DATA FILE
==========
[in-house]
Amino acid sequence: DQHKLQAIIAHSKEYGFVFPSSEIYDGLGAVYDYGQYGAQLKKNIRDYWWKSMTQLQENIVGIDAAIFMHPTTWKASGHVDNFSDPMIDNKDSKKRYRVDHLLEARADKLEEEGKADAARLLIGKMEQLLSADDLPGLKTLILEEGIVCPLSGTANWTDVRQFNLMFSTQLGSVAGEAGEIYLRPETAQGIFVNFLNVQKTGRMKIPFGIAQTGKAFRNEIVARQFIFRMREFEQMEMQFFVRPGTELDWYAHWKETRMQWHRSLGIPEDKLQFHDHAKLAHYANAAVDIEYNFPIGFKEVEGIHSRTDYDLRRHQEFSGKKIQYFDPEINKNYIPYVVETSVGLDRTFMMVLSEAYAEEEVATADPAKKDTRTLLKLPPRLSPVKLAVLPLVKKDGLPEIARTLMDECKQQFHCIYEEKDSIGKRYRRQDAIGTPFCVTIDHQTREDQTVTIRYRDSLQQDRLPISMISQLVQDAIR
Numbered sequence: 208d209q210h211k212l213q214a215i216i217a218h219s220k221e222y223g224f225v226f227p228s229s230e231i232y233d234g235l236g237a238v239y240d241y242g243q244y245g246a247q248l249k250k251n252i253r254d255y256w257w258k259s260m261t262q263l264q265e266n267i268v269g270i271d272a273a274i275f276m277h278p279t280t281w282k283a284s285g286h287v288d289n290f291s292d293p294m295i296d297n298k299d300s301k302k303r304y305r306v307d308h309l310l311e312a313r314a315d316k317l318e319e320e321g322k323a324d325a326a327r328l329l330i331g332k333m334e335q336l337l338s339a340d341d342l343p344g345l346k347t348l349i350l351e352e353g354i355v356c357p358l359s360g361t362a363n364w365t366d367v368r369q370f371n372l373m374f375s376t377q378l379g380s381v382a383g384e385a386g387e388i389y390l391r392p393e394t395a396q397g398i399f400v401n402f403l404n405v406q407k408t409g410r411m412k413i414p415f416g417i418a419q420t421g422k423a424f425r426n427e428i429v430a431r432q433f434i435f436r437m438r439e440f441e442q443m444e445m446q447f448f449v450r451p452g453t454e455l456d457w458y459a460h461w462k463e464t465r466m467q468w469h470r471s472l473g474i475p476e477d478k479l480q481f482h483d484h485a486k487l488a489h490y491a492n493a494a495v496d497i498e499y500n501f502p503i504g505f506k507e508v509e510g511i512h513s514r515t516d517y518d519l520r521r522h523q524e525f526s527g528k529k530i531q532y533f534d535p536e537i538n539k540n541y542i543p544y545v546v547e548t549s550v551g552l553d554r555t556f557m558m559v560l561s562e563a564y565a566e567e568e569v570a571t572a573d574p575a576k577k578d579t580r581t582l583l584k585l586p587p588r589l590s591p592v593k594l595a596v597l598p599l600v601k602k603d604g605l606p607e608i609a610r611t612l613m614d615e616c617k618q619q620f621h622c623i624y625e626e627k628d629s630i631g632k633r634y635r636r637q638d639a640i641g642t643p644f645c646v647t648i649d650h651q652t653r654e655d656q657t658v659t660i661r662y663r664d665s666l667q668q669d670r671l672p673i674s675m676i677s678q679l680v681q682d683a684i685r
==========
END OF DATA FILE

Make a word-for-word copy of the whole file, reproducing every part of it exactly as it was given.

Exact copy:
[in-house]
Amino acid sequence: DQHKLQAIIAHSKEYGFVFPSSEIYDGLGAVYDYGQYGAQLKKNIRDYWWKSMTQLQENIVGIDAAIFMHPTTWKASGHVDNFSDPMIDNKDSKKRYRVDHLLEARADKLEEEGKADAARLLIGKMEQLLSADDLPGLKTLILEEGIVCPLSGTANWTDVRQFNLMFSTQLGSVAGEAGEIYLRPETAQGIFVNFLNVQKTGRMKIPFGIAQTGKAFRNEIVARQFIFRMREFEQMEMQFFVRPGTELDWYAHWKETRMQWHRSLGIPEDKLQFHDHAKLAHYANAAVDIEYNFPIGFKEVEGIHSRTDYDLRRHQEFSGKKIQYFDPEINKNYIPYVVETSVGLDRTFMMVLSEAYAEEEVATADPAKKDTRTLLKLPPRLSPVKLAVLPLVKKDGLPEIARTLMDECKQQFHCIYEEKDSIGKRYRRQDAIGTPFCVTIDHQTREDQTVTIRYRDSLQQDRLPISMISQLVQDAIR
Numbered sequence: 208d209q210h211k212l213q214a215i216i217a218h219s220k221e222y223g224f225v226f227p228s229s230e231i232y233d234g235l236g237a238v239y240d241y242g243q244y245g246a247q248l249k250k251n252i253r254d255y256w257w258k259s260m261t262q263l264q265e266n267i268v269g270i271d272a273a274i275f276m277h278p279t280t281w282k283a284s285g286h287v288d289n290f291s292d293p294m295i296d297n298k299d300s301k302k303r304y305r306v307d308h309l310l311e312a313r314a315d316k317l318e319e320e321g322k323a324d325a326a327r328l329l330i331g332k333m334e335q336l337l338s339a340d341d342l343p344g345l346k347t348l349i350l351e352e353g354i355v356c357p358l359s360g361t362a363n364w365t366d367v368r369q370f371n372l373m374f375s376t377q378l379g380s381v382a383g384e385a386g387e388i389y390l391r392p393e394t395a396q397g398i399f400v401n402f403l404n405v406q407k408t409g410r411m412k413i414p415f416g417i418a419q420t421g422k423a424f425r426n427e428i429v430a431r432q433f434i435f436r437m438r439e440f441e442q443m444e445m446q447f448f449v450r451p452g453t454e455l456d457w458y459a460h461w462k463e464t465r466m467q468w469h470r471s472l473g474i475p476e477d478k479l480q481f482h483d484h485a486k487l488a489h490y491a492n493a494a495v496d497i498e499y500n501f502p503i504g505f506k507e508v509e510g511i512h513s514r515t516d517y518d519l520r521r522h523q524e525f526s527g528k529k530i531q532y533f534d535p536e537i538n539k540n541y542i543p544y545v546v547e548t549s550v551g552l553d554r555t556f557m558m559v560l561s562e563a564y565a566e567e568e569v570a571t572a573d574p575a576k577k578d579t580r581t582l583l584k585l586p587p588r589l590s591p592v593k594l595a596v597l598p599l600v601k602k603d604g605l606p607e608i609a610r611t612l613m614d615e616c617k618q619q620f621h622c623i624y625e626e627k628d629s630i631g632k633r634y635r636r637q638d639a640i641g642t643p644f645c646v647t648i649d650h651q652t653r654e655d656q657t658v659t660i661r662y663r664d665s666l667q668q669d670r671l672p673i674s675m676i677s678q679l680v681q682d683a684i685r